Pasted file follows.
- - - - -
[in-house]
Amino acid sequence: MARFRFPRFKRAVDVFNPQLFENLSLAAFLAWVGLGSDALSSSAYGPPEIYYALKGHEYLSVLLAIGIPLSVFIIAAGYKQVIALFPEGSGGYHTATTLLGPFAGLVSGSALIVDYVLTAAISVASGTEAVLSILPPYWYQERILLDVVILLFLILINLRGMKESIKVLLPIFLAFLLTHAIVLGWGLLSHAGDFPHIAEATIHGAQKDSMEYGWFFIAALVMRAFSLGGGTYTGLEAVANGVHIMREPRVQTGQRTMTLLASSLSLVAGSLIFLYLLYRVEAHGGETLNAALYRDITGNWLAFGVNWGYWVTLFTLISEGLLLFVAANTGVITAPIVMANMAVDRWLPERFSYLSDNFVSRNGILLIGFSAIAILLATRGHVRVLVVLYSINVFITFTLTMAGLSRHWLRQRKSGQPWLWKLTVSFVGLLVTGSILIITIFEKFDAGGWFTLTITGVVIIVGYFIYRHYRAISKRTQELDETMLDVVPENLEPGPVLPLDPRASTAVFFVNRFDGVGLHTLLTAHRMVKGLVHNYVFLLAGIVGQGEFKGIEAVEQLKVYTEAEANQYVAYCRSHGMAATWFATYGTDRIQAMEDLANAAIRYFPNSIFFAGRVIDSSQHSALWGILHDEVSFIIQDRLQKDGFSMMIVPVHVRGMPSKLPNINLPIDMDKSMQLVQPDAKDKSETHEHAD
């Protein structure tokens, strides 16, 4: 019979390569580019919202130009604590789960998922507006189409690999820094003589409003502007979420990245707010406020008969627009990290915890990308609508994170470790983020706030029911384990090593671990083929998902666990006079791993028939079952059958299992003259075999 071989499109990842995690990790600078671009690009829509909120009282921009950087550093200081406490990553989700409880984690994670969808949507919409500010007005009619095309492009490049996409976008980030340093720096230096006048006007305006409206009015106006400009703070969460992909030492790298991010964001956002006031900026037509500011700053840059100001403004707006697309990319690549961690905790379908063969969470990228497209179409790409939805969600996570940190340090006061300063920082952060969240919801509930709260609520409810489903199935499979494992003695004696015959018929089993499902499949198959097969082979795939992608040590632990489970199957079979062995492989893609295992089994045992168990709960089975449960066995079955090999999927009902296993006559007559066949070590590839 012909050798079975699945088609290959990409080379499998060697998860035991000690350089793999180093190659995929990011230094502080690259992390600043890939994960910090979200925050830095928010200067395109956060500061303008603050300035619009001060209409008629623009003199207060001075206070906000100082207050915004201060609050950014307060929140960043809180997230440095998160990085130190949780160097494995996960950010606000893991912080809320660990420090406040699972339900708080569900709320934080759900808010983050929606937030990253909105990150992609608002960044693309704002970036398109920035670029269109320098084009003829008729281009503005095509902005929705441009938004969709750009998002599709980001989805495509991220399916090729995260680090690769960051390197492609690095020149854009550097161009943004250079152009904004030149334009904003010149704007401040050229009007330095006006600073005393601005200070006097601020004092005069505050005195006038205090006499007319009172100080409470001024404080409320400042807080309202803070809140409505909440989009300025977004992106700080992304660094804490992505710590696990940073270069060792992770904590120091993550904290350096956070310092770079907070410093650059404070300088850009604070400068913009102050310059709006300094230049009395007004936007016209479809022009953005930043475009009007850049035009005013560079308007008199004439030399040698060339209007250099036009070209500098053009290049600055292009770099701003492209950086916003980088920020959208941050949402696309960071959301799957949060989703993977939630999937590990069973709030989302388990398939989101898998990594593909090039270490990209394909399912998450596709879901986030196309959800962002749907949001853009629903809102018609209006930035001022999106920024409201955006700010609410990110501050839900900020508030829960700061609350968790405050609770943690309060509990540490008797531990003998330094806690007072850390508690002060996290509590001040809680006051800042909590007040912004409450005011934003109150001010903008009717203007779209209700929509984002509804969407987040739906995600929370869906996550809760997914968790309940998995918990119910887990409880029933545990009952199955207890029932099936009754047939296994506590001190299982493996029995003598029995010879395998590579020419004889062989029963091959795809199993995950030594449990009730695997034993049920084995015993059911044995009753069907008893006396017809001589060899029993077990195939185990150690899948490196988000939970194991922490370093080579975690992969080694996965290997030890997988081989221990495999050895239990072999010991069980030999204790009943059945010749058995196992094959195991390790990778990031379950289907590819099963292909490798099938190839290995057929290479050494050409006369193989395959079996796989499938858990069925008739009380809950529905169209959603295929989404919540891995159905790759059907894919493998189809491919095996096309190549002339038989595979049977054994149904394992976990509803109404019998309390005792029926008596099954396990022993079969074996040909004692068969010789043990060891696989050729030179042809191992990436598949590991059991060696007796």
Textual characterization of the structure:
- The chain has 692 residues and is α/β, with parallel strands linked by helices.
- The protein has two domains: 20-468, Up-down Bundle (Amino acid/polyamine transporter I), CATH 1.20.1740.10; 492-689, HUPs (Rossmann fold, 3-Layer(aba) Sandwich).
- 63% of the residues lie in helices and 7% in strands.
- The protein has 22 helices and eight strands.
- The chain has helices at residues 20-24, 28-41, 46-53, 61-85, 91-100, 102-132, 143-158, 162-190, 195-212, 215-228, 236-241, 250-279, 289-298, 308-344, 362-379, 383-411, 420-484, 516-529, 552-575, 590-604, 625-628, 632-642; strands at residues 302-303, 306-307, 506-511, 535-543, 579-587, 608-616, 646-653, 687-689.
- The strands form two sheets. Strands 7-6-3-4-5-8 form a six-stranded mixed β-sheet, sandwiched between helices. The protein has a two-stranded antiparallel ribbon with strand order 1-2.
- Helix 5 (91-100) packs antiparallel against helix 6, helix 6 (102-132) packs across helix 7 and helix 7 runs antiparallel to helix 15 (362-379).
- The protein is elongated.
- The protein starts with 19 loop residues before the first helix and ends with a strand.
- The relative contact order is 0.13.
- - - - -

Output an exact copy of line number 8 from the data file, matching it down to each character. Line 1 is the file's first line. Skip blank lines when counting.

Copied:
- The protein has 22 helices and eight strands.